Whose Money Is Your Oregon Kicker Refund?

By Steve Buckstein and Kathryn Hickok

State economists have confirmed that individual Oregon income taxpayers will receive kicker refunds next year. Based on the May revenue forecast, more than $463 million will be returned to taxpayers as a credit on their 2018 tax bills, with the average refund being $227.

But with the news that the coming refunds will reduce our tax liabilities, some are criticizing the way the kicker law works, while others argue the money really belongs to the state, not the taxpayers. They argue that as long as any group of Oregonians—or any state government budget item—has a “need” for that money, then the money should go to them instead of back to the individuals who earned it.

Whether the kicker law is good or bad public policy doesn’t change the answer to a more fundamental question: Whose money is it? Is the kicker a rebate for overpaying your taxes or is it somehow the State of Oregon’s money, better left in government coffers? If we can find a better way to restrain runaway government spending, we should do so. But until that day arrives, Oregon’s kicker law is one defense against those who argue that some of the money you earned belongs to someone else just because they “need” it.

Steve Buckstein is Senior Policy Analyst and Founder at Cascade Policy Institute, Oregon’s free market public policy research organization. Kathryn Hickok is Publications Director at Cascade.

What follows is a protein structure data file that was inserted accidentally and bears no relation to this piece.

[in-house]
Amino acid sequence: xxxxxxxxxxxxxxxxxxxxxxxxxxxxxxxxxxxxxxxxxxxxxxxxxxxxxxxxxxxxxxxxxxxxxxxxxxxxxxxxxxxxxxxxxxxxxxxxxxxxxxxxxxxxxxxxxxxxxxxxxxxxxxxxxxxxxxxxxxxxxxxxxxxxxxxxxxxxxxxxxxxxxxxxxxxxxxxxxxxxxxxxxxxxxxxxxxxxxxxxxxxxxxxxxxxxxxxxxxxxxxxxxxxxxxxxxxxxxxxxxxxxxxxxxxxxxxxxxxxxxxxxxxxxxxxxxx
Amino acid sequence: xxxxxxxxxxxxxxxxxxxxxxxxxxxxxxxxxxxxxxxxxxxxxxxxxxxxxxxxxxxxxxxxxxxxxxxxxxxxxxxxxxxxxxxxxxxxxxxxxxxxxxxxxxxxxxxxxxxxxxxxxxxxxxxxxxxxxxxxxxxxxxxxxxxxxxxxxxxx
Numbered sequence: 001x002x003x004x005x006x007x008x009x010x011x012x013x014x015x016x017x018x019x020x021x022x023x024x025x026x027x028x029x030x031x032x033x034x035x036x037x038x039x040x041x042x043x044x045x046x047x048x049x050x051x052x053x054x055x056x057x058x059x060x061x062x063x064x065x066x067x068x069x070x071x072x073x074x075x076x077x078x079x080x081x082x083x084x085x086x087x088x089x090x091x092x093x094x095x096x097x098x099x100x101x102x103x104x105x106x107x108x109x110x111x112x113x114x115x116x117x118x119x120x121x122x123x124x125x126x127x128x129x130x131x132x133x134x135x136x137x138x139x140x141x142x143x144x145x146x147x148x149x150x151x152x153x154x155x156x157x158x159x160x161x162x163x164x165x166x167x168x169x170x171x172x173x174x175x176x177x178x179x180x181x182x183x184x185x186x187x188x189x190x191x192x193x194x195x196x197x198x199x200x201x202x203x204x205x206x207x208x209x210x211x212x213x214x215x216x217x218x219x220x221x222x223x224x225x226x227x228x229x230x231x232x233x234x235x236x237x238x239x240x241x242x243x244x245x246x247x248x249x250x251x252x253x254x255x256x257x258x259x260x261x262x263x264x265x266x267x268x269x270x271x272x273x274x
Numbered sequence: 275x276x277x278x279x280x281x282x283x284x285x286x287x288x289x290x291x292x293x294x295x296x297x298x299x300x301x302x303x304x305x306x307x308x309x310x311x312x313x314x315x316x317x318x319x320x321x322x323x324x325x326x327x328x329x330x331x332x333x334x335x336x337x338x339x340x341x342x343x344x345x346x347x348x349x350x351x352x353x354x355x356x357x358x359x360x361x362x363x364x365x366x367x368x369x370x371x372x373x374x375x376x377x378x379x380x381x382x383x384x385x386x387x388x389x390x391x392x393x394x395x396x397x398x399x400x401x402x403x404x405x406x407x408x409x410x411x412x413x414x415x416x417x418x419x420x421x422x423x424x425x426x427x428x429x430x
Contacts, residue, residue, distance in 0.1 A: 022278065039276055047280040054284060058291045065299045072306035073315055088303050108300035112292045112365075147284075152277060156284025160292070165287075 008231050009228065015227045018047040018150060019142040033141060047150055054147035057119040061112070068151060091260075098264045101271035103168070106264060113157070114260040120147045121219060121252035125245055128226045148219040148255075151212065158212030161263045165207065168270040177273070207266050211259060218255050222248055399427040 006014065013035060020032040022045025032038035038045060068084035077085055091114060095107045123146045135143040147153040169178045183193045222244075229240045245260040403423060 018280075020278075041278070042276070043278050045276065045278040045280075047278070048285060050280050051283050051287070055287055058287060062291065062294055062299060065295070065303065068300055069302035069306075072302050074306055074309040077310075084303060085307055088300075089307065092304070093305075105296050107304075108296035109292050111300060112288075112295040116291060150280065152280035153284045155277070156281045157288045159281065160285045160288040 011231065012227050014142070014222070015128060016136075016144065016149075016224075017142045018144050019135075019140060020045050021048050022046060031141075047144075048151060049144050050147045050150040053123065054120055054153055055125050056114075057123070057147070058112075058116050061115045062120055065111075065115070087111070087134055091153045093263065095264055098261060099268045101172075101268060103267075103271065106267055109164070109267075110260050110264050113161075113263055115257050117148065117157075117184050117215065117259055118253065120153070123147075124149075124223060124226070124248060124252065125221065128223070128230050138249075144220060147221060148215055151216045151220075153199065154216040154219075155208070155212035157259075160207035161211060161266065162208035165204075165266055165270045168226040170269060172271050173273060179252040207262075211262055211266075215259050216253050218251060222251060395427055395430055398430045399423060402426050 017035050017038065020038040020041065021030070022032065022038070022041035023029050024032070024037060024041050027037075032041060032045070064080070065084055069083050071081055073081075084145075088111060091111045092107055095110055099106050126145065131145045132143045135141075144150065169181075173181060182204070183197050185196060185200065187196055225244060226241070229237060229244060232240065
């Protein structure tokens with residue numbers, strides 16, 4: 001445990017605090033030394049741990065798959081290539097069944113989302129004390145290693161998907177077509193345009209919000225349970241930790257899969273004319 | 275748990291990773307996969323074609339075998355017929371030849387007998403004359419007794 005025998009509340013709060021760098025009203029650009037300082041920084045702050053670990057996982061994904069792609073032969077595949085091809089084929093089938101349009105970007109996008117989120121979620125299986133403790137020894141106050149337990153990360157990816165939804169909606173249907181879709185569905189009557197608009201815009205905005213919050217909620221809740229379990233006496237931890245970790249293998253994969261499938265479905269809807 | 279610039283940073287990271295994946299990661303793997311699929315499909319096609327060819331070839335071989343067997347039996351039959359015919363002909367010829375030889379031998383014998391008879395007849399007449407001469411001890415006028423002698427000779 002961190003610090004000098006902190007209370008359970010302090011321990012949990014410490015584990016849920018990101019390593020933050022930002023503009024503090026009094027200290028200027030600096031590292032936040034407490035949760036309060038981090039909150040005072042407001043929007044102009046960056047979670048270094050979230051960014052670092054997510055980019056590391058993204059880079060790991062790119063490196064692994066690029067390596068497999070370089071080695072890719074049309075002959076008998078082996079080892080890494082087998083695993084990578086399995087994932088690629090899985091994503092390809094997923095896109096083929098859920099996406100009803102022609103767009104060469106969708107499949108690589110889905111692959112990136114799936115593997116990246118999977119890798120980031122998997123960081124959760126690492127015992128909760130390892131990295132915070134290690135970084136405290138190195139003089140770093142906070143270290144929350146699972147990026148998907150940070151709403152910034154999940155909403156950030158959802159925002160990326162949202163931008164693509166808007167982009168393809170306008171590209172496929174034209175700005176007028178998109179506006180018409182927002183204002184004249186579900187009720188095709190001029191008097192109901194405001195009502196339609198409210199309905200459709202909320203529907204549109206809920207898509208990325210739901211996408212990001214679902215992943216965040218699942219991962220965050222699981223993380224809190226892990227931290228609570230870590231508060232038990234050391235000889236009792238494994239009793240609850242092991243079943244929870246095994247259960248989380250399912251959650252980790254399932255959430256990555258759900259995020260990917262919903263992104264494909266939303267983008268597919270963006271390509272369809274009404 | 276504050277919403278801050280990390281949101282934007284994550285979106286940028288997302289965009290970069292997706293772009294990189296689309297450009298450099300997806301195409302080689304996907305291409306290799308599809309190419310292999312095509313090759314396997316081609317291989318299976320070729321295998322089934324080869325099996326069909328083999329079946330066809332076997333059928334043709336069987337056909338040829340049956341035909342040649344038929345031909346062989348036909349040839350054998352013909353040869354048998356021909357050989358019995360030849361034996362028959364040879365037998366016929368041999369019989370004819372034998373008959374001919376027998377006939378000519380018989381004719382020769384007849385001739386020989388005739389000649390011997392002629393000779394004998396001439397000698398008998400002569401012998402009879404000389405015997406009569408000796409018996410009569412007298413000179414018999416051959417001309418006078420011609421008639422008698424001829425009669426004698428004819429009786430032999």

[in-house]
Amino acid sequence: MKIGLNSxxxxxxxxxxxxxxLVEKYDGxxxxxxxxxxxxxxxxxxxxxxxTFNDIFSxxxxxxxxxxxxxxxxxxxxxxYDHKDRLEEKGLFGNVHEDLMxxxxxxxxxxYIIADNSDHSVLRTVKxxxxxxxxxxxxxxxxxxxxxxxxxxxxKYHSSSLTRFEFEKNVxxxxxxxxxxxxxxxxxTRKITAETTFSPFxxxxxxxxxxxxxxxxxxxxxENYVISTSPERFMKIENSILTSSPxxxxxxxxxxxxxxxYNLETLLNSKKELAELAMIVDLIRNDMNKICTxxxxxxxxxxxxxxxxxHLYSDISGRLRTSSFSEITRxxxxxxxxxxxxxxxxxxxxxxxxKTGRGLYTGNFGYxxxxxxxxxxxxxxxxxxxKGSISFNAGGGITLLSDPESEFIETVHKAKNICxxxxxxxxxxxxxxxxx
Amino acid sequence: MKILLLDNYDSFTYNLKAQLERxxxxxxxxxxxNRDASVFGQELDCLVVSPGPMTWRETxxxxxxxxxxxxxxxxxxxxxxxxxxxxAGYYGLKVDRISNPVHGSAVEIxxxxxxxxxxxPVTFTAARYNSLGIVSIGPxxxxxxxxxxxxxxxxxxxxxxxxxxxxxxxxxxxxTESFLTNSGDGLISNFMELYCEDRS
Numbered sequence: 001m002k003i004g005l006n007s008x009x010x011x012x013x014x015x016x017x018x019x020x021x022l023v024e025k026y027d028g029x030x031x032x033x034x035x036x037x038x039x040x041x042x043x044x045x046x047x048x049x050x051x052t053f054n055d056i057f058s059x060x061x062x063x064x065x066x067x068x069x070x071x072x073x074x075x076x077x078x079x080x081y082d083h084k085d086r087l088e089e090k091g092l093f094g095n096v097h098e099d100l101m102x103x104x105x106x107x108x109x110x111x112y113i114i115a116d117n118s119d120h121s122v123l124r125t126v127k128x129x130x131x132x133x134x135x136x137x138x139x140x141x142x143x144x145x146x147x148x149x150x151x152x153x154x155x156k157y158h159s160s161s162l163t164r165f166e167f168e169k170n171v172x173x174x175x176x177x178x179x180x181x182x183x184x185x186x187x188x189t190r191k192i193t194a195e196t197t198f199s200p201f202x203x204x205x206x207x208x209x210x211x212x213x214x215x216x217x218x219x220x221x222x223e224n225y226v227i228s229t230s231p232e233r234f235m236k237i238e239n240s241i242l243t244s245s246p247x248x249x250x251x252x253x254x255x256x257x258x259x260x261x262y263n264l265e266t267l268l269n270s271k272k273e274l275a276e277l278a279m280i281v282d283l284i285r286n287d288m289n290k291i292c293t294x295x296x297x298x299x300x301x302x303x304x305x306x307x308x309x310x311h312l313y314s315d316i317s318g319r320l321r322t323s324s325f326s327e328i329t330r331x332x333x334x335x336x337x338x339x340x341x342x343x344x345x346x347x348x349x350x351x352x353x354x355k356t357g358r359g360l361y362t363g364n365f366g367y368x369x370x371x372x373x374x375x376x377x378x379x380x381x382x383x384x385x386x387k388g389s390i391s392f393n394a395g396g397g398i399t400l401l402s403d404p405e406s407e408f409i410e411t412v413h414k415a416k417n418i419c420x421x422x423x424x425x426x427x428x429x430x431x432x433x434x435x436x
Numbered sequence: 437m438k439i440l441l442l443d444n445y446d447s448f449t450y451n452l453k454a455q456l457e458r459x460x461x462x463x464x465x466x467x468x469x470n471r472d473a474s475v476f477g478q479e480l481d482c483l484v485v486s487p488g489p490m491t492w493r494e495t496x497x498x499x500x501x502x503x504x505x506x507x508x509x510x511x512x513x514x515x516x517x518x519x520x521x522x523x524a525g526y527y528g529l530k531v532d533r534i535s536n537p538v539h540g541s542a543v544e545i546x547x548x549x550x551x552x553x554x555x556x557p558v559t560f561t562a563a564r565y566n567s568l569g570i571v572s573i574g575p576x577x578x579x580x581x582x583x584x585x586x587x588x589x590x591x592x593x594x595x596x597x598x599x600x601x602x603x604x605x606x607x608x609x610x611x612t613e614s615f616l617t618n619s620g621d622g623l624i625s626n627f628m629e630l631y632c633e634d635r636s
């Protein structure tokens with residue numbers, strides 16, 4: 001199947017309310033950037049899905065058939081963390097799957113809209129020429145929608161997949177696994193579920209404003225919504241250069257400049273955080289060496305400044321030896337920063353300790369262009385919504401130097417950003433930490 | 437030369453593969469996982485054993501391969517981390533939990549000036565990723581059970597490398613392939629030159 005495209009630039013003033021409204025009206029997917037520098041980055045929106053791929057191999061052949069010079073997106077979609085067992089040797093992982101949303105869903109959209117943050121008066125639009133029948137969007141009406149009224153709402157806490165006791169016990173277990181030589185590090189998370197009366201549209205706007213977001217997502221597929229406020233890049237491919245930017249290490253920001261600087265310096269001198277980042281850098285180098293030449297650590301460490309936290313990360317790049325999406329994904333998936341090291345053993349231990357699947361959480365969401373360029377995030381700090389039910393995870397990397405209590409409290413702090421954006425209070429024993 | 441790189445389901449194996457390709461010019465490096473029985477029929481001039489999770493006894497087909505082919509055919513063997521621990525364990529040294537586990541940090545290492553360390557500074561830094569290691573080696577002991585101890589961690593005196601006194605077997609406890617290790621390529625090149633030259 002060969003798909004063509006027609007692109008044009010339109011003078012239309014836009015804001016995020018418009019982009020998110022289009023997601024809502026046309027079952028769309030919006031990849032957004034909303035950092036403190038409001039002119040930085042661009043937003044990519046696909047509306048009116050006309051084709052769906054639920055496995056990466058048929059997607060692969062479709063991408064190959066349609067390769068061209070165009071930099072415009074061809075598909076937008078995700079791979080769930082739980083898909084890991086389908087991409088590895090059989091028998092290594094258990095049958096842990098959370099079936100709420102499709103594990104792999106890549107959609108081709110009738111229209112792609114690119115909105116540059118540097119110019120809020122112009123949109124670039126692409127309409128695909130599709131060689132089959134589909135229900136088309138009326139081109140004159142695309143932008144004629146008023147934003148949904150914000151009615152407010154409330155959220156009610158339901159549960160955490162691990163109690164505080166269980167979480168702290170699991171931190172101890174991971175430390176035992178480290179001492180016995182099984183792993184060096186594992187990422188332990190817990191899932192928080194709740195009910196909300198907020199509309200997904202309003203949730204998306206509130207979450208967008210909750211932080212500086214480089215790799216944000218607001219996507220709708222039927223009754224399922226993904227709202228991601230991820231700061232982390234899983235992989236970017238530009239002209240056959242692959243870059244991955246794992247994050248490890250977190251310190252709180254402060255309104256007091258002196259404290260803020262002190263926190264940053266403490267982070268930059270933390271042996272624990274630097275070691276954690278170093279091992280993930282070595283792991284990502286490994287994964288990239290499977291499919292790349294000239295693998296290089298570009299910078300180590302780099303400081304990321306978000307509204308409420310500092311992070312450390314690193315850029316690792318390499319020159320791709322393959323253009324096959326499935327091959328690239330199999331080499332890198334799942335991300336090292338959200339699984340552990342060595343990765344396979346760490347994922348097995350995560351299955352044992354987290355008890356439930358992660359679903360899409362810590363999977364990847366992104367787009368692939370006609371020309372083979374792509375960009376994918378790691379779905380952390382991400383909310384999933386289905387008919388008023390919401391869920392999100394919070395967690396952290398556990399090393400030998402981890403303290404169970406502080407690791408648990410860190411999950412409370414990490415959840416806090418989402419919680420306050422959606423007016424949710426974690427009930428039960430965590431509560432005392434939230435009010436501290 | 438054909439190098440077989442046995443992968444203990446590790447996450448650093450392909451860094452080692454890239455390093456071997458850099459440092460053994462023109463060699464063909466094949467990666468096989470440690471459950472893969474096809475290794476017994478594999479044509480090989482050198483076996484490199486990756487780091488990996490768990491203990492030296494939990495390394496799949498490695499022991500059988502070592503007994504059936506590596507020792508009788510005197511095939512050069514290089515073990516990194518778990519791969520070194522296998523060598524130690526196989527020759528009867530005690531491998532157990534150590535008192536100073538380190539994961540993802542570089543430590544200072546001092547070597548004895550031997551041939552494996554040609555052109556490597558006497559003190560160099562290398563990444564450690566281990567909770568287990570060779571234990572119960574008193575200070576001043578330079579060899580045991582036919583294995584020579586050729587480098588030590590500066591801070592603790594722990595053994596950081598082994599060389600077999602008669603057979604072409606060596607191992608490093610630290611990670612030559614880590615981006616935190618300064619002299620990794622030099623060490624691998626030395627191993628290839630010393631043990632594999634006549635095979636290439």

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  • Oregon Engineer

    From each according to his ability, to each according to his need. has never in history worked. Every time it has been tried it has failed, spectacularly. The Plymouth colony tried and almost starved to death. the USSR tried it failed spectacularly. The people in Oregon that think “need” is the only reason, have no clue about history or economics. They are are moochers no better than the bums on the corners begging because they “need ” money. I can think of no reason other than returning the funds to the producers from whom the state stole the money is the right thing to do.

    • SunshineandFleurs

      From each according to his ability – ha! There are welfare queens with plenty of “ability”.

  • rbdthnfngfnh

    All of it belongs to tax payers.

  • SunshineandFleurs

    Agency heads have NO INCENTIVE to cut budgets. Not really.
    No one goes to their agencies. The public may call, but they can easily be appeased.
    Agency heads are the worst public employees. They KNOW that budgets can be cut and they even know where to cut the budgets, but why would they?
    They are comfortable in their offices where no one can put them on the spot.